Faced with 20,000 coronavirus deaths and counting, the nation’s nursing homes are pushing back against a potential flood of lawsuits with a sweeping lobbying effort to get states to grant them emergency protection from claims of inadequate care.
At least 15 states have enacted laws or governors’ orders that explicitly or apparently provide nursing homes and long-term care facilities some protection from lawsuits arising from the crisis. And in the case of New York, which leads the nation in deaths in such facilities, a lobbying group wrote the first draft of a measure that apparently makes it the only state with specific protection from both civil lawsuits and criminal prosecution.
Now the industry is forging ahead with a campaign to get other states on board with a simple argument: This was an unprecedented crisis and nursing homes should not be liable for events beyond their control, such as shortages of protective equipment and testing, shifting directives from authorities, and sicknesses that have decimated staffs.
“As our care providers make these difficult decisions, they need to know they will not be prosecuted or persecuted,” read a letter sent this month from several major hospital and nursing home groups to their next big goal, California, where Gov. Gavin Newsom has yet to make a decision. Other states in their sights include Florida, Pennsylvania and Missouri.
Watchdogs, patient advocates and lawyers argue that immunity orders are misguided. At a time when the crisis is laying bare such chronic industry problems as staffing shortages and poor infection control, they say legal liability is the last safety net to keep facilities accountable.
They also contend nursing homes are taking advantage of the crisis to protect their bottom lines. Almost 70% of the nation’s more than 15,000 nursing homes are run by for-profit companies, and hundreds have been bought and sold in recent years by private-equity firms.
“What you’re really looking at is an industry that always wanted immunity and now has the opportunity to ask for it under the cloak of saying, ‘Let’s protect our heroes,‘” said Mike Dark, an attorney for California Advocates for Nursing Home Reform.
“This has very little to do with the hard work being done by health care providers,” he said, “and everything to do with protecting the financial interests of these big operators.”
Nowhere have the industry’s efforts played out more starkly than in New York, which has a fifth of the nation’s known nursing home and long-term care deaths and has had at least seven facilities with outbreaks of 40 deaths or more, including one home in Manhattan that reported 98.
New York’s immunity law signed by Democratic Gov. Andrew Cuomo was drafted by the Greater New York Hospital Association, an influential lobbying group for both hospitals and nursing homes that donated more than $1 million to the state Democratic Party in 2018 and has pumped more than $7 million into lobbying over the past three years.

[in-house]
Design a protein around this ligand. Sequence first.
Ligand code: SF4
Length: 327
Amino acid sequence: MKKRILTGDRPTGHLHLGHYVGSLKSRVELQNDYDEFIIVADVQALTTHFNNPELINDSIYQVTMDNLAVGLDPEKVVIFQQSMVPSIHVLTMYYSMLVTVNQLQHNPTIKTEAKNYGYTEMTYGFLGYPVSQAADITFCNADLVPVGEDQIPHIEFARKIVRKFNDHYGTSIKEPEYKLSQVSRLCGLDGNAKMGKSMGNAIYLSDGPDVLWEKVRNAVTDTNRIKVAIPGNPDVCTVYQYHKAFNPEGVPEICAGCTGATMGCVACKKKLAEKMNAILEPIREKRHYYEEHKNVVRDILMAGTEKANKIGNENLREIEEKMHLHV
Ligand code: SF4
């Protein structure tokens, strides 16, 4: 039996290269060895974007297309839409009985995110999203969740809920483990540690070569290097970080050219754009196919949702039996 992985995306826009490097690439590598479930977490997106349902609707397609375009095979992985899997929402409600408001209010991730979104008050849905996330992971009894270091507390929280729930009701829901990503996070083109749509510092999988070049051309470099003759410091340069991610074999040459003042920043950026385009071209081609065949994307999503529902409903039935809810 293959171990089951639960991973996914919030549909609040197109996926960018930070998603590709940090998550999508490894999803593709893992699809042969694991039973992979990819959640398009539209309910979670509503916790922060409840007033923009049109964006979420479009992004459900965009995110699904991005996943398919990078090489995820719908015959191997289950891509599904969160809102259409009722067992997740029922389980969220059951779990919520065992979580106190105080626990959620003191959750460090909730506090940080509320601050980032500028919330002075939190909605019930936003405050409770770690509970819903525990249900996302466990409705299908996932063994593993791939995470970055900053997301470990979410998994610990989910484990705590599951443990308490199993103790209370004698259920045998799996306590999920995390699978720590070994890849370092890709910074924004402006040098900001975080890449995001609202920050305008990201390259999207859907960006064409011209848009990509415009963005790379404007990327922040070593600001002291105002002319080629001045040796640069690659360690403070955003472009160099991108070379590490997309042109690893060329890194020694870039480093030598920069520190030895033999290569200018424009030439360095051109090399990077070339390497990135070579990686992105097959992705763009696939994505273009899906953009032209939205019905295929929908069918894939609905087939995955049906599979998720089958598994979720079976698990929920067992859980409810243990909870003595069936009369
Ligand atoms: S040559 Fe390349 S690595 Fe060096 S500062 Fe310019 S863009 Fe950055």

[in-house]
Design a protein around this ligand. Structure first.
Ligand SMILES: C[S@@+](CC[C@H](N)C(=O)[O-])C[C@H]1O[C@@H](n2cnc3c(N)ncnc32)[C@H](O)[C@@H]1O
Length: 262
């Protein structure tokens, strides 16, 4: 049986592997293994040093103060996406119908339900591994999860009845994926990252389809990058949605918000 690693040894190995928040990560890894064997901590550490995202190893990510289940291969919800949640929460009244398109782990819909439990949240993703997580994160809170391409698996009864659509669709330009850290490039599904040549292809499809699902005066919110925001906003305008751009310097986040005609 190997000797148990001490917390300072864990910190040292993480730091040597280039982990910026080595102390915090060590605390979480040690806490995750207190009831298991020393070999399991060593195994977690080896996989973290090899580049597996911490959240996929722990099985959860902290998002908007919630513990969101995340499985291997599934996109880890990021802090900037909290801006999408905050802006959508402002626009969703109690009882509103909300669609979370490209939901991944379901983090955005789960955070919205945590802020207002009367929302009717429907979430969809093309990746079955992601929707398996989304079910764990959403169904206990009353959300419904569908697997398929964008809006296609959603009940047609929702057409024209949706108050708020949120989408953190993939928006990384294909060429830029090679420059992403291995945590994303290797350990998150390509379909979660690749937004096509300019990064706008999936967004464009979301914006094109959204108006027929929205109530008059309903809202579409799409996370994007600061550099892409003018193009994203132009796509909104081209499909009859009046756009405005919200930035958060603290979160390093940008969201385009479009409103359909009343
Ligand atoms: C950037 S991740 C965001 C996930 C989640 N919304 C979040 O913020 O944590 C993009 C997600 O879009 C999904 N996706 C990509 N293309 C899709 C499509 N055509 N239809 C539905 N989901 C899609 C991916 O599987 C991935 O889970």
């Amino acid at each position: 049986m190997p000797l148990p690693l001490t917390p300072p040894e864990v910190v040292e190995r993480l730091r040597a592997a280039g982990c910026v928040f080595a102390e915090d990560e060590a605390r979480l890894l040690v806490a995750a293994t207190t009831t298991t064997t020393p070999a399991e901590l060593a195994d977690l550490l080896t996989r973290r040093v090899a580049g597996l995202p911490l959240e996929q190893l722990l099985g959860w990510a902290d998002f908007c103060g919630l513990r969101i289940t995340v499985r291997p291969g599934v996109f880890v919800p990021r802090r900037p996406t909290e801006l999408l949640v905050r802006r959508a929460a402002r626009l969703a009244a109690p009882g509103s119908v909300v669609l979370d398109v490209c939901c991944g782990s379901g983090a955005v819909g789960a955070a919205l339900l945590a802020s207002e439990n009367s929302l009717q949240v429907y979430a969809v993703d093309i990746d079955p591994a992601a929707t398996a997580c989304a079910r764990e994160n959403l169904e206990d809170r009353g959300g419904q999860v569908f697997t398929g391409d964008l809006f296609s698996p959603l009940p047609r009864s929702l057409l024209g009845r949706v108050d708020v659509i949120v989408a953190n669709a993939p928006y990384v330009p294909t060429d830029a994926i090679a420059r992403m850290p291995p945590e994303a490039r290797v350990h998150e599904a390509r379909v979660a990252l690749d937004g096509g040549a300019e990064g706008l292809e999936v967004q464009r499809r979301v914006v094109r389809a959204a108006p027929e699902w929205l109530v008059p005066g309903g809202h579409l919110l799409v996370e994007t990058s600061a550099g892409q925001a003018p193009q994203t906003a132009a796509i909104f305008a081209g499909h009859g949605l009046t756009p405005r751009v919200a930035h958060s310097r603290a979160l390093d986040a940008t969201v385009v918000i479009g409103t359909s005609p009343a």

While the law covering both hospital and nursing care workers doesn’t cover intentional misconduct, gross negligence and other such acts, it makes clear those exceptions don’t include “decisions resulting from a resource or staffing shortage.”
Cuomo’s administration said the measure was a necessary part of getting the state’s entire health care apparatus to work together to respond to the crisis.
“It was a decision made on the merits to help ensure we had every available resource to save lives,” said Rich Azzopardi, a senior advisor to Cuomo. “Suggesting any other motivation is simply grotesque.”
Nationally, the lobbying effort is being led by the American Health Care Association, which represents nearly all of the nation’s nursing homes and has spent $23 million on lobbying efforts in the past six years.
Other states that have emergency immunity measures are Alabama, Arizona, Connecticut, Georgia, Illinois, Kentucky, Massachusetts; Michigan, Mississippi, New Jersey, Nevada, Rhode Island, Vermont and Wisconsin.
Their provisions vary but largely apply to injuries, deaths and care decisions, sometimes even to property damage. But there are limitations: Most make exceptions for gross negligence and willful misconduct, and they generally apply only during the emergency.
Toby Edelman of the Center for Medicare Advocacy is troubled that homes are getting legal protections while family members aren’t being allowed to visit and routine government inspections have been scaled back.
“Nobody is looking at what’s happening,” she said, adding that immunity declarations could make even gross or willful negligence suits harder since homes could argue any deficiencies were somehow tied to the pandemic.
“Everything can’t be blamed on COVID-19. Other things can happen that are terrible,” she said. “Just to say we’re in this pandemic so anything goes, that seems too far.”
Among the situations for which lawyers say nursing homes should be held to account: Homes that flouted federal guidelines to screen workers, cut off visitations and end group activities; those that failed to inform residents and relatives of an outbreak; those that disregarded test results; and homes like one in California, where at least a dozen employees did not show up for work for two straight days, prompting residents to be evacuated.
“Just because you have a pandemic doesn’t mean you give a pass on people exercising common sense,” said Dr. Roderick Edmond, an Atlanta lawyer representing families suing over COVID-19 deaths in an assisted-living facility.
“If you take the power of suing away from the families, then anything goes,” said Stella Kazantzas whose husband died in a Massachusetts nursing home with the same owners as the home hit by the nation’s first such outbreak near Seattle, which killed 43 people.
“They already knew in Washington how quickly this would spread,” she said. “They should have taken extreme measures, sensible measures. And they were not taken.”